When people have an orgasm, many different things happen in the body. For instance, brains and bodies get a surge of hormones, like oxytocin (aka the “cuddle hormone”) and dopamine (aka the “happy hormone”). In addition, our bodies themselves have a physical reaction, like leg shaking, an increase in heart rate, and more. In essence, orgasms can be an intense experience for many, with some intense emotional responses.
This emotional response is perfectly natural, and this article will explore why people can feel so emotional after or during orgasm.
Have There Been Any Studies About This Subject?
There was a 2017 study that looked at the various kinds of “peri-orgasmic phenomena.” In other words, this study analyzed “unusual physical or psychological symptoms subjectively experienced by some individuals as part of the orgasm response.” Possible emotions regarding orgasm included crying, laughing, sneezing, headaches, and in some cases, foot pain. Overall, the researchers ended up concluding that the study “confirms the existence of diverse and frequently replicated peri-orgasmic phenomena.” So basically, there’s much variation in how people respond to orgasms.
What Does It Mean When You Feel Emotional And/or Cry During or After an Orgasm?
It’s essential to know that crying during or after orgasm doesn’t mean that a person is feeling sad. In fact, many people who cry during or after orgasm might feel amazing.
However, some people might feel sad or distressed as they orgasm or right after, which is perfectly natural. While the rush of intense feelings during climax can cause tears of joy for some people, others may have a more adverse reaction. This experience is known as postcoital dysphoria (PCD), and it can have symptoms like anger, sadness, aggression, anxiety, and depression.
In addition, if someone is going through an emotional situation or feeling stressed, these feelings can come up during sex. According to popular author Emily Nagoski, of Come, as You Are: The Surprising New Science That Will Transform Your Sex Life, who once wrote for health platform ShareCare:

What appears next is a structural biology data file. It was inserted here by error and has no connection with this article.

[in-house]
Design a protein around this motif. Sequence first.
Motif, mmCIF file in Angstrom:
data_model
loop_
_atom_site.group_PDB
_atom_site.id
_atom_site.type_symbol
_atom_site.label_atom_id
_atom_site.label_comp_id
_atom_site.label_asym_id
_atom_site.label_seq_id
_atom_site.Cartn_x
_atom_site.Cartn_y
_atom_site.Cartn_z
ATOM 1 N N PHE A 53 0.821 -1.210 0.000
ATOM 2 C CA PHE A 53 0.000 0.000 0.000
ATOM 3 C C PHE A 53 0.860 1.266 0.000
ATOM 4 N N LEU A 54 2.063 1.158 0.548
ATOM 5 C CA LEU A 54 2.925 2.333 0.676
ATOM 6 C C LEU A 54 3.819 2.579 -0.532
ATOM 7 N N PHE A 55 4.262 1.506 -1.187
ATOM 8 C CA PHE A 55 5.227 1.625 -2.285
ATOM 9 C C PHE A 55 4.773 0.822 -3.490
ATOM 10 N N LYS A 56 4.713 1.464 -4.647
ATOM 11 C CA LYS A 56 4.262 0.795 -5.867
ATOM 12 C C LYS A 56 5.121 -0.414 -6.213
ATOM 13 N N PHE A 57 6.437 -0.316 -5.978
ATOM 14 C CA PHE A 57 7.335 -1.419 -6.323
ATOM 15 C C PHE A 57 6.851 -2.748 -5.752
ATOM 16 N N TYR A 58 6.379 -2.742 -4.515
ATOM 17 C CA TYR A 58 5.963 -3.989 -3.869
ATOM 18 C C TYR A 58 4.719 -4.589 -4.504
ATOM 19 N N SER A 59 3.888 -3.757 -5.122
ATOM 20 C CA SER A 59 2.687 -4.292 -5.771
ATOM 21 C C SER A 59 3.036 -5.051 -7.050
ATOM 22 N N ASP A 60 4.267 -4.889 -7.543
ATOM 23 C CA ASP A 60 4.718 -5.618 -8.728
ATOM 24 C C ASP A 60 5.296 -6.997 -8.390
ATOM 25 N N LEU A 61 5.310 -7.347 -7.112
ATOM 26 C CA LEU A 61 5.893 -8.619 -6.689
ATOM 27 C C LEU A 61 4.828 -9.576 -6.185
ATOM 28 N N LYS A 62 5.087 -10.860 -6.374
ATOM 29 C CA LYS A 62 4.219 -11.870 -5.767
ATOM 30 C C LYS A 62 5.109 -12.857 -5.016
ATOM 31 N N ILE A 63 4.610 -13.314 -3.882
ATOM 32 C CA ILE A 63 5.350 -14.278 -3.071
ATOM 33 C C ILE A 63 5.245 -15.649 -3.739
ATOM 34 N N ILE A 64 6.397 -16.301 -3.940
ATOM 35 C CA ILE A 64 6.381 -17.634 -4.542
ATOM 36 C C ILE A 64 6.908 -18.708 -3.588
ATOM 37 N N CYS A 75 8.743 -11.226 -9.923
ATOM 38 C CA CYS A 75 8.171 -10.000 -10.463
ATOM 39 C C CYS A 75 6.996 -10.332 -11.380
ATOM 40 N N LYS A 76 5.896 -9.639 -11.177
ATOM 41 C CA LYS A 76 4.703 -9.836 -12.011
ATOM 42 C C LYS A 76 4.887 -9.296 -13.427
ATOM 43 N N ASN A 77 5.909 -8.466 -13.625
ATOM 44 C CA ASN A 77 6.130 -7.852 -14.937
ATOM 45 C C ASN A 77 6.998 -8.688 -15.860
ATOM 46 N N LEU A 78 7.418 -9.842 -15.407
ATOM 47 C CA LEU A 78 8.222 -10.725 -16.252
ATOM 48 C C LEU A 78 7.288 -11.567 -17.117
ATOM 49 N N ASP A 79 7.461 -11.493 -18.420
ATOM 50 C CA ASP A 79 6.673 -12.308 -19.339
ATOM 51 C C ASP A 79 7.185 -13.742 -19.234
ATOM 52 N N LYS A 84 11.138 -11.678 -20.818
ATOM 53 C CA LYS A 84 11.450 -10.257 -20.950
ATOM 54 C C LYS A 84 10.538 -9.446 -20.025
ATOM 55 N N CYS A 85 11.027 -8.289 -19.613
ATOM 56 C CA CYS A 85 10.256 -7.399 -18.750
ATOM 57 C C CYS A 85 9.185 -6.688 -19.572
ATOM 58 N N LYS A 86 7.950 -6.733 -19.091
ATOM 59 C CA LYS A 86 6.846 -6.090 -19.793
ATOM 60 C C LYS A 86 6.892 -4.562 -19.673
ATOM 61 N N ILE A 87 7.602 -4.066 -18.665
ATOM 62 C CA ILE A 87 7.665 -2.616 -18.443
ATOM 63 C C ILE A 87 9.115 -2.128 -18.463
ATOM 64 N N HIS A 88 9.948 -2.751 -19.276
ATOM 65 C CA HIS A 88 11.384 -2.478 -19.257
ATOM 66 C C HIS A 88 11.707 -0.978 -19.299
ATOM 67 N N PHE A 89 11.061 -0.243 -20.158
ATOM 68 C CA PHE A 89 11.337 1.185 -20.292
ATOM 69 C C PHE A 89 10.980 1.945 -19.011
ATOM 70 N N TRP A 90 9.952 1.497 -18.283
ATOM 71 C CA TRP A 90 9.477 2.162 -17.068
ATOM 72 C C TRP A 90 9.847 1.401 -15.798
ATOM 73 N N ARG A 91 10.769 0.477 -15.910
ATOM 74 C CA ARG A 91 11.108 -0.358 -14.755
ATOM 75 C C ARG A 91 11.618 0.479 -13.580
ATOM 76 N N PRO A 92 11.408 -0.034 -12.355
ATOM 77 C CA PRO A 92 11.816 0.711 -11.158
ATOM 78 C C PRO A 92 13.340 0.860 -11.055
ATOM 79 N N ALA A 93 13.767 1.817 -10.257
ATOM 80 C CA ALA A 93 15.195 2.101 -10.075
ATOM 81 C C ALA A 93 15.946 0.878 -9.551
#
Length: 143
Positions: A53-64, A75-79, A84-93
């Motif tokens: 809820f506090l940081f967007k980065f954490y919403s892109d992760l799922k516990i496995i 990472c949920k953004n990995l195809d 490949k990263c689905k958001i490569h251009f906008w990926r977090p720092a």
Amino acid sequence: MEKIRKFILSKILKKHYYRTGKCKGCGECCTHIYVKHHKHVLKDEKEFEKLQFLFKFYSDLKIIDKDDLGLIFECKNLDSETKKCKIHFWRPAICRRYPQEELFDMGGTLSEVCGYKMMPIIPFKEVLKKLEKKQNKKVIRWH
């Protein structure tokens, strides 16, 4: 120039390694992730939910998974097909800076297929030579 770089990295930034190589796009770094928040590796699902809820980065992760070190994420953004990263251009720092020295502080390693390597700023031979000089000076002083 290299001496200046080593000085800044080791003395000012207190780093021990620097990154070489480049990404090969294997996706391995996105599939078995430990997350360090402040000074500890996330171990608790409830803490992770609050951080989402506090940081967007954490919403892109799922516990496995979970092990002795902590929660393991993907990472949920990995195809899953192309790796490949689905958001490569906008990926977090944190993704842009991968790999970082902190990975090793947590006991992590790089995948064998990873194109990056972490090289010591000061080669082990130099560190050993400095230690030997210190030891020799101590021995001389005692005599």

“Deeply loving orgasms — orgasms that have involved a lot of build up, orgasms that function as a stress reliever, barbiturate, or sedative, or orgasms that you feel ambivalent about — are all examples of orgasms in the context of emotional intensity, and they’re all potential sources of post-orgasm weeping.”
In essence, sex and orgasm aren’t just purely physical reactions. The intimacy that you experience with another person can bring up powerful emotions.
What Is Postcoital Tristesse (PCT)?
Some people cry during or after an orgasm, sometimes known as postcoital tristesse (PCT). This condition creates feelings of sadness, agitation, anxiety, and crying following sex.
PCD is a complex issue that can last anywhere from 5 minutes up to 2 hours. Sometimes it can even occur if a person didn’t have an orgasm.
What Other Things Could Be Contributing to Crying After Orgasm?
Aside from postcoital tristesse and postcoital dysphoria, there are other contributing factors to crying after orgasm. For example, the bond between you and your partner could bring up tears of joy or overwhelming feelings of love. When you are finished having sex with them, breaking that bond at that moment can stir up feelings of sadness.
Other contributors could be physical pain itself during intercourse due to a medical condition. If this is something that continues to happen, you may want to see a medical professional or consider trying other kinds of sexual activity.
What Leads to the Emotional Response After an Orgasm?
When climaxing, various parts of your brain “light up.” As a result, your genitalia’s sensory input areas are activated there is also a release of oxytocin and dopamine, which produce a natural high. In essence, these chemical responses will intensify any emotional response that occurs with an orgasm.
Is Crying or Feeling Emotional During or After Sex a Typical Experience?
Crying or feeling emotional after sex is different for everyone. About 20 to 40 percent of a group of men and women who were surveyed reported feeling emotional after sex or an orgasm. But, all in all, the study determined that crying after orgasm is pretty common.
**Note: This language features gender dichotomously as that is what is indicated in the research, and it does not talk about any variability. We have used the language in these statistics because this is what was reported in the study.
Even though crying during or after an orgasm happens to many people and isn’t a cause for concern, you may have to address some underlying issues if it does create significant levels of distress.
If you are experiencing intense emotions after an orgasm regularly that cause you turmoil, speaking with a counselor can help. They can work with you to unpack any struggles you are going through and address any concerns you might have.